That was a typo. Thank you for pointing it out. However, I’ve always thought of Kim as a striker, even with ADCC credentials. He’s long for a WW, and if you ask Hathaway and E. Silva, they would likely disagree. He put them both to sleep, and the Hathaway KO won him a bunch of awards.

      • Paul Peters

        Kim would never look to stand and strike with his opponents at all until he knocked out Erick Silva and then I suppose to be more entertaining he started striking more but basically what he does best is smother people that was his whole game at one time.

        • Zach Aittama

          Actually, if you go back before Dong Hyun Kim was signed by the UFC, he was known as an exciting and wild striker with KO power. Now, that was on the regional scene and he clearly adjusted to the UFC cage by adopting a grinding, clinch-based top control grappling game with some solid ground and pound.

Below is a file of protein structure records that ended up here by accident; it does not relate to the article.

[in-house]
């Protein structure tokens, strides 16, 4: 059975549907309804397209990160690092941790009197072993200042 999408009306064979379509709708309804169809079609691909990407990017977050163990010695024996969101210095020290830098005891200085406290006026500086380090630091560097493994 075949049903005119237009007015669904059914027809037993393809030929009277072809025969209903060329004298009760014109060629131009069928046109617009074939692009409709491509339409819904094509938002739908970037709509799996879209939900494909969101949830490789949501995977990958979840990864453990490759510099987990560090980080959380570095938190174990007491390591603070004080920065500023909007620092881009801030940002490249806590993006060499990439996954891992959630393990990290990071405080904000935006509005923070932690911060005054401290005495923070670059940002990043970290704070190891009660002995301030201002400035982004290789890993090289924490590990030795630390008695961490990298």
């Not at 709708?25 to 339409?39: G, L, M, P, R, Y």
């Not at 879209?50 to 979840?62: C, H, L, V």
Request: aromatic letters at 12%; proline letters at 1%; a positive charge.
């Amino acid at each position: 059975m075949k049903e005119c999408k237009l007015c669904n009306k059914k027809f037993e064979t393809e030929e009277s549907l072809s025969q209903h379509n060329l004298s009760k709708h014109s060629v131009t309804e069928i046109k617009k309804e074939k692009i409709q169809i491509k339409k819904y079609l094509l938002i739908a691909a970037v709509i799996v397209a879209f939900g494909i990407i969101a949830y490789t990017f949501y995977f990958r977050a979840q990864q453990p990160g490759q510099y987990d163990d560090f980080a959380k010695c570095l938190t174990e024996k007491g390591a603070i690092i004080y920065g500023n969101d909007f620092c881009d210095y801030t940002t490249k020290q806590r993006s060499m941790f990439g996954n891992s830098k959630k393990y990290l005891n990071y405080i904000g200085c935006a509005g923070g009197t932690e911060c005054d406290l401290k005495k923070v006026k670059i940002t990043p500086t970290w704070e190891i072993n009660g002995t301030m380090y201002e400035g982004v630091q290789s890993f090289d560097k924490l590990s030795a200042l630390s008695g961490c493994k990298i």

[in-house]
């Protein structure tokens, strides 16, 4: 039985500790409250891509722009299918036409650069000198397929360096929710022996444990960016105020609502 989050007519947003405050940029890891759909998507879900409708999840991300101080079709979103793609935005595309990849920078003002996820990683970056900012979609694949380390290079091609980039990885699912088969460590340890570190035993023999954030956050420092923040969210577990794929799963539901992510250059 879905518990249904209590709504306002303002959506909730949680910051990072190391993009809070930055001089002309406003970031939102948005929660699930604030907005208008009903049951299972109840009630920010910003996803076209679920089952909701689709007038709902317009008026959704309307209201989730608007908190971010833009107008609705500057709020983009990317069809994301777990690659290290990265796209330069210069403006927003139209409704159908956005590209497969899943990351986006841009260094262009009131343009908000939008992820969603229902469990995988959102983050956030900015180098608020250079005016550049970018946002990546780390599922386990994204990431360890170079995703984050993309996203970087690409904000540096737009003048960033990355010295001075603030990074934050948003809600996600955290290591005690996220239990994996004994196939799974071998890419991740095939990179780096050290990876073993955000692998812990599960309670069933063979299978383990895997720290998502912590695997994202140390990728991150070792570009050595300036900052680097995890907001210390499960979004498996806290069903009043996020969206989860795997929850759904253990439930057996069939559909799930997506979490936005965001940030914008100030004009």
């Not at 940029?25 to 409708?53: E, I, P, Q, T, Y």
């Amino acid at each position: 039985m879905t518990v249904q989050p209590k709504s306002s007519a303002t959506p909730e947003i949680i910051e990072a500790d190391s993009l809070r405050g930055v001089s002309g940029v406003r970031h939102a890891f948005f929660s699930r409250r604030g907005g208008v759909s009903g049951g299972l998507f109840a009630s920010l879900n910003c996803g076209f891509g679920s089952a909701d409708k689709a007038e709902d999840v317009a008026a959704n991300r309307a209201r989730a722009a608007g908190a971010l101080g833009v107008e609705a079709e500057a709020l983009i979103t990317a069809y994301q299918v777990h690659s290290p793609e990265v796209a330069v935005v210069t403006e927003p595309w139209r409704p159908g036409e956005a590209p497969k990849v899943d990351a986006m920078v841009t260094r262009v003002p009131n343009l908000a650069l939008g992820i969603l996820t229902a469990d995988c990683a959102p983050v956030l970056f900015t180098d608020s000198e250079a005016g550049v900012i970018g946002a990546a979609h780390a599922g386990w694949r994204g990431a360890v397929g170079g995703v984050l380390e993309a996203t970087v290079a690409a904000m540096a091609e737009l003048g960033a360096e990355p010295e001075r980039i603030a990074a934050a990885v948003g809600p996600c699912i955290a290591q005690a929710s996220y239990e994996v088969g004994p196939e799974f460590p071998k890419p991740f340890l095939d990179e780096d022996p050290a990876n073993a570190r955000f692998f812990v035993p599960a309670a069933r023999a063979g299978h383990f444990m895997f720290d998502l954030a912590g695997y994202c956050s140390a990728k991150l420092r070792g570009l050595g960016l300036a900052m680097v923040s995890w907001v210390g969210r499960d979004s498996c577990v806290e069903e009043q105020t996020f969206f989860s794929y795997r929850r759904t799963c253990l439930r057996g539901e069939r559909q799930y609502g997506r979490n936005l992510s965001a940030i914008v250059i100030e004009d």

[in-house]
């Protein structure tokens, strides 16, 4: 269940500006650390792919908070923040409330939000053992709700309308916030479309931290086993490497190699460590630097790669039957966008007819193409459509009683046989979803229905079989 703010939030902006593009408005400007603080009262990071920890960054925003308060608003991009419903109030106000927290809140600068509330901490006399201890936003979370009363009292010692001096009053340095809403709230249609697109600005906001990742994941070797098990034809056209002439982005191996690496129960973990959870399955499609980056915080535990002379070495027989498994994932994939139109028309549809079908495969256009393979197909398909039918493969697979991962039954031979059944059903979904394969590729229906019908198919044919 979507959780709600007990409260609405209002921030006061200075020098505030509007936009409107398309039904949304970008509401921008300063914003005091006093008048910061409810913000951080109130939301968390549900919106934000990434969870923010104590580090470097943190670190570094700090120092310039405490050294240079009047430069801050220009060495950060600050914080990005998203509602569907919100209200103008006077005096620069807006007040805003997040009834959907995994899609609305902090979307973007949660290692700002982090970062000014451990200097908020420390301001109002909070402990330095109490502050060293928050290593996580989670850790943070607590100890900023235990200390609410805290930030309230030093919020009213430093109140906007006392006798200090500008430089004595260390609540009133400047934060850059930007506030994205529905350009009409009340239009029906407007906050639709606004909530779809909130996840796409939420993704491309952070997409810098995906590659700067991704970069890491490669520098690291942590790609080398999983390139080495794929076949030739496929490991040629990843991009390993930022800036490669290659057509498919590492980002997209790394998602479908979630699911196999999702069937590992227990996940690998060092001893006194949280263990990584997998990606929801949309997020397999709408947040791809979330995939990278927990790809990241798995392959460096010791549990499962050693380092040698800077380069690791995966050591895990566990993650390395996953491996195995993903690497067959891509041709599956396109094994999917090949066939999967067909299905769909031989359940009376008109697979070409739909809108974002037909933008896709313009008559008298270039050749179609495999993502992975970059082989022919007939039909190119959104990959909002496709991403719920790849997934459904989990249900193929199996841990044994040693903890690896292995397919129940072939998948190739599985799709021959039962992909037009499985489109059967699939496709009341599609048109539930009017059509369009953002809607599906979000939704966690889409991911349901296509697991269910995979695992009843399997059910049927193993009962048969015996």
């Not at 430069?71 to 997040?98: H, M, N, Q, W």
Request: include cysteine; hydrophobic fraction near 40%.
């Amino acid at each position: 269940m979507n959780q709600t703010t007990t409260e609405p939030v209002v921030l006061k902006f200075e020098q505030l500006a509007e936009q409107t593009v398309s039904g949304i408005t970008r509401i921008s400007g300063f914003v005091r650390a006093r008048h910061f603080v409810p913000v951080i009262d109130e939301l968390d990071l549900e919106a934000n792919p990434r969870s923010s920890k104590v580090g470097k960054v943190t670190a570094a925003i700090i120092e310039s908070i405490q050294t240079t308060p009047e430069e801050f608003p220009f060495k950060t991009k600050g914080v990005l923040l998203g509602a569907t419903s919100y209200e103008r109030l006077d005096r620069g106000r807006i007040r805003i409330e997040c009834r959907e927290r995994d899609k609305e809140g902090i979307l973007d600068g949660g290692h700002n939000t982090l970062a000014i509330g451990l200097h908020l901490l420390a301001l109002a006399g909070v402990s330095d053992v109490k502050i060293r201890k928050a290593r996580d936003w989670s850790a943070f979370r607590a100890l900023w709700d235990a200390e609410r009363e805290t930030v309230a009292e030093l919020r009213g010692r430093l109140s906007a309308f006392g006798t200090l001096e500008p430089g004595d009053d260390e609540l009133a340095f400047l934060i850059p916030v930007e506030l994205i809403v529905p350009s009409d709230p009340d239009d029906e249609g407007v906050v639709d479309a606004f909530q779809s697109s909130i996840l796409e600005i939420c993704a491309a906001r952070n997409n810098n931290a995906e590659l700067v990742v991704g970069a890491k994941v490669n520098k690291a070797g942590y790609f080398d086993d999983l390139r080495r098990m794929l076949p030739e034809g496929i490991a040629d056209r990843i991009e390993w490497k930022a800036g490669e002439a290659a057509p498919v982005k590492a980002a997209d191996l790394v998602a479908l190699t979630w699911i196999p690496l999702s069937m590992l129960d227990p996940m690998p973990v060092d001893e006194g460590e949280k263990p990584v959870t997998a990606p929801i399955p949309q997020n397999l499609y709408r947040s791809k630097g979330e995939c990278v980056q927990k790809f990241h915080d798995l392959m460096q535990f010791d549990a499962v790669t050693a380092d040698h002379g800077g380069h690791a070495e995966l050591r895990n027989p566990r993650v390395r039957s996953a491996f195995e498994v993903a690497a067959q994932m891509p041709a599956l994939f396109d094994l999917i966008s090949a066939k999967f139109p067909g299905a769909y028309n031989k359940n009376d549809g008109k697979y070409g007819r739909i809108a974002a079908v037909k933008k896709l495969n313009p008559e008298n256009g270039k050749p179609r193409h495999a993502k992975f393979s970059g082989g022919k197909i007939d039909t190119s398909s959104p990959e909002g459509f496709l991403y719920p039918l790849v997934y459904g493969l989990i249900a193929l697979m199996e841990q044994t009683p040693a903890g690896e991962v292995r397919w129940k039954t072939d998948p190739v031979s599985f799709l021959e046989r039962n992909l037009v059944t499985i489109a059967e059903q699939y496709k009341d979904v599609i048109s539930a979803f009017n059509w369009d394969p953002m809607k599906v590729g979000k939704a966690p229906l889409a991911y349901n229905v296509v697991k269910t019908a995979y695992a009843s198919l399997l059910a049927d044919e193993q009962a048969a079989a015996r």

Right before the Siyar fight, he started pursuing his striking more and made a concious effort to be more aggressive on the feet.

      • BOOM BOOM

        just because someone picks up a ko doesnt mean they are a striker lol

        • DK

          Huh? Kim “picked up” a KO? He has nine knockouts and went the distance against some damn good strikers as well. As my colleague stated below, he was known as a striker before he was even in the UFC.